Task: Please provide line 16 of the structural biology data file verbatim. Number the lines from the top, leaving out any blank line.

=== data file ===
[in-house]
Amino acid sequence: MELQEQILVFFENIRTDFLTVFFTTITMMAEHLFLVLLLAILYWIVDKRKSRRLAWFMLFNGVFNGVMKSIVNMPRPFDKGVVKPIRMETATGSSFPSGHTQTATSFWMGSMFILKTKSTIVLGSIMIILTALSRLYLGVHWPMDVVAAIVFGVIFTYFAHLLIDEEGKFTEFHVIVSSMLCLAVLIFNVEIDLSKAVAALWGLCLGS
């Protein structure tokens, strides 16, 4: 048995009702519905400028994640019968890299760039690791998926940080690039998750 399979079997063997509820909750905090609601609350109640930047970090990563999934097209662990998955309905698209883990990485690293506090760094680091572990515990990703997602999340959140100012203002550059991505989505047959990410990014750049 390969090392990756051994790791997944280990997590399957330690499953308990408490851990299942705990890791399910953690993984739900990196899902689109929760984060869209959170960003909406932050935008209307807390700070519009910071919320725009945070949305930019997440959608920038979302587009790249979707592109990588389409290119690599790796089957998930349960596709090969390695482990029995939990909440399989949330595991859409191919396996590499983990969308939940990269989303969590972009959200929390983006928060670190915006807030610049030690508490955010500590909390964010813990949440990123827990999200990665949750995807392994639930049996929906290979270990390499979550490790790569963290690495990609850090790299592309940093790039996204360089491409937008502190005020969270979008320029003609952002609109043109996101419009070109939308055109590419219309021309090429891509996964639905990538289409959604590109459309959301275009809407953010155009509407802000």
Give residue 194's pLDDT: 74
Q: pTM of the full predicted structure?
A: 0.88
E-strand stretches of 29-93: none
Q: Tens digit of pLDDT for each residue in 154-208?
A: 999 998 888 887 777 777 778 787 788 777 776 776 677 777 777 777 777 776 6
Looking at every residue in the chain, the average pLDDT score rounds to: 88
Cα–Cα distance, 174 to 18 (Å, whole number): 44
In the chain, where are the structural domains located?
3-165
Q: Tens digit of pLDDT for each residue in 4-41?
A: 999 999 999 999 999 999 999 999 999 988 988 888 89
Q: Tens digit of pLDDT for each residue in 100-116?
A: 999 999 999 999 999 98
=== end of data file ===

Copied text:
Q: Tens digit of pLDDT for each residue in 100-116?